Australia has been accused of deliberately delaying Chinese PhD student visas because of political tensions and suspected spying.
According to The Global Times, over a hundred student hopefuls have been waiting more than eight months – three times longer than the advised visa approval time on the Australian immigration website – for news of their applications.
Despite having offers from universities, these applicants have allegedly not heard back from immigration and have no idea when they would get to begin their studies Down Under.
The Chinese daily suggested Australia was intentionally suspending the visa applications following suspicions that Chinese students were controlling Mandarin-language media in Australia and may be reporting the activities of Australian Chinese communities back to the Communist party.
Valerie Wang, a 22-year-old prospective PhD student at an Australian university, told the publication:
“Even though my mentor and my school [in Australia] are extremely nice, the visa issue cannot be solved due to political reasons. I have to develop a new life plan now. It might be a bit late, but it’s time I faced reality.”
Chinese students form 31.5 percent of Australia’s international student body, making them Australia’s biggest international student body, according to the Financial Times. But students are saying they will ‘vote with their feet’ and head elsewhere for their studies due to the disruption the visa delays have caused them.
Wang said she has already begun researching universities in the United Kingdom and the United States after giving up her dream of studying in Australia.
Another student in the same situation told The Global Times: “I advise others who want to pursue a PhD degree to be cautious and choose [your destination country] wisely,”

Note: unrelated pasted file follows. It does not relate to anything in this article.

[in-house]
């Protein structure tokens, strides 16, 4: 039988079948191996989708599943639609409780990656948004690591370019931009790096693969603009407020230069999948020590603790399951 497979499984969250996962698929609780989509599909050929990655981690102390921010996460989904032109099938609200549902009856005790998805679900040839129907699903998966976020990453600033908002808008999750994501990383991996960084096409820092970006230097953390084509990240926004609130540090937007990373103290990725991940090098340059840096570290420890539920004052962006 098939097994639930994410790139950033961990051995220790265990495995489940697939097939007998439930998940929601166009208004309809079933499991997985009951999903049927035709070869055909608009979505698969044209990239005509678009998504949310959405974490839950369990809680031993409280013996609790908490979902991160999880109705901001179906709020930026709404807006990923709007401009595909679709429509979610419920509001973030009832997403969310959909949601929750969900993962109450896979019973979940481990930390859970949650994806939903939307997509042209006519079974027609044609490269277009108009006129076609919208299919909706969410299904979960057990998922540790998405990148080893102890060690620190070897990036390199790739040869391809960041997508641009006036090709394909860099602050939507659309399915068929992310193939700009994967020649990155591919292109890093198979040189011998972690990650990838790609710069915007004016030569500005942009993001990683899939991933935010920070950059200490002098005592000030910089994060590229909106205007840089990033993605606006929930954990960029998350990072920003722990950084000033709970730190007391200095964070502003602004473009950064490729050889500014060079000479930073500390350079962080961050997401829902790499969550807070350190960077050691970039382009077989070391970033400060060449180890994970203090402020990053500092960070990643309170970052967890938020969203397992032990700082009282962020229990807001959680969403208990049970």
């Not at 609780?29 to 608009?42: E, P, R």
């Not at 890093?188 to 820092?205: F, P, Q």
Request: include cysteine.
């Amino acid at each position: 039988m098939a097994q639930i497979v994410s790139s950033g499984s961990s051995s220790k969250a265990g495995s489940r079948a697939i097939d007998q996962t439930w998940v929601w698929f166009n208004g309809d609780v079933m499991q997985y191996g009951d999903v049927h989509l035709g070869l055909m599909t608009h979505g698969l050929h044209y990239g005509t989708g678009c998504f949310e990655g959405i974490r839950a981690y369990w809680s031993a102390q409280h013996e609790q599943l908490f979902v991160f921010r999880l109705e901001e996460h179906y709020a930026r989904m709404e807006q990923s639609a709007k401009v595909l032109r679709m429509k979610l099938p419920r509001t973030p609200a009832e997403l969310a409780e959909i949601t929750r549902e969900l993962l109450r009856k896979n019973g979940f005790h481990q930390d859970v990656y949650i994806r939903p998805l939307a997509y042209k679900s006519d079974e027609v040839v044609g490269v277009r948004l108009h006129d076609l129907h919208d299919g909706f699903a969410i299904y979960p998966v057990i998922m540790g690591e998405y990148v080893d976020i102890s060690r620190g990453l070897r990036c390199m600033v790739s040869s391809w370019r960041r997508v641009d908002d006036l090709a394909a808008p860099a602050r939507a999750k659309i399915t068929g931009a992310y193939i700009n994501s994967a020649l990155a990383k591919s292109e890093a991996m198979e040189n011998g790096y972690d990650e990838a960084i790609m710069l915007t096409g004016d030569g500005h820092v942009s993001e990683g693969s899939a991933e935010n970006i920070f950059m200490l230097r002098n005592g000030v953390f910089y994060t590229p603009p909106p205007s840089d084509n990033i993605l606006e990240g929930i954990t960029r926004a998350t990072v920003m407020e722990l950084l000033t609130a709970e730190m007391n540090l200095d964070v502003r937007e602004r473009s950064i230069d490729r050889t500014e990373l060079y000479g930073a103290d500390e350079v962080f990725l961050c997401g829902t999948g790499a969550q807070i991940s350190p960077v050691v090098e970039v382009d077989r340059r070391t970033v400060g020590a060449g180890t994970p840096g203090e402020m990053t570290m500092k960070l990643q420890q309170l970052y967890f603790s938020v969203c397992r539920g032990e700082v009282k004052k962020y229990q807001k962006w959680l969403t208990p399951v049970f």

Chinese students in Australia were also issued a safety warning by Beijing due to rising political tensions between the countries, according to the Financial Times.
China’s Education Ministry reportedly warned of “a number of cases of violations of the personal safety of Chinese students studying in various parts of Australia, and of their property’s safety. Please all students studying in Australia maintain vigilance”.
There have been governmental, scholarly and social media accusations of the Chinese spying on and influencing the Chinese Australian community over the past few years.
Australia’s former defense secretary, Dennis Richardson, said that China is “actively engaged in spying,” on numerous occasions, according to The Global Times, while scholar Clive Hamilton published a book called ‘Silent Invasion: China’s Influence in Australia’ last year.
A professor says his book was censored in Australia by the Chinese government; Clive Hamilton, professor of public ethics at Charles Sturt University, Silent Invasion: How China is Turning Australia into a Puppet State
— #ReleaseNextMemo (@wakoppa) March 15, 2018
Hamilton said, however, that the publisher delayed the release of the book to censor material critical of the Chinese Communist party.
“What we’re seeing … is the first instance where a major Western publisher has decided to censor material of the Chinese Communist Party in its home country,” he said according to Quartz.
However, Michael Spence, vice-chancellor of the University of Sydney, accused Canberra of making “sinophobic blatherings” in the wake of concerns raised by intelligence officials about alleged spying by foreign students on Australian university campuses.
“Calling them spies or whatever without any evidence is just not very welcoming, and these are only kids whose families have made huge sacrifices to send them overseas and I just think we need to give them a fair go,” he said.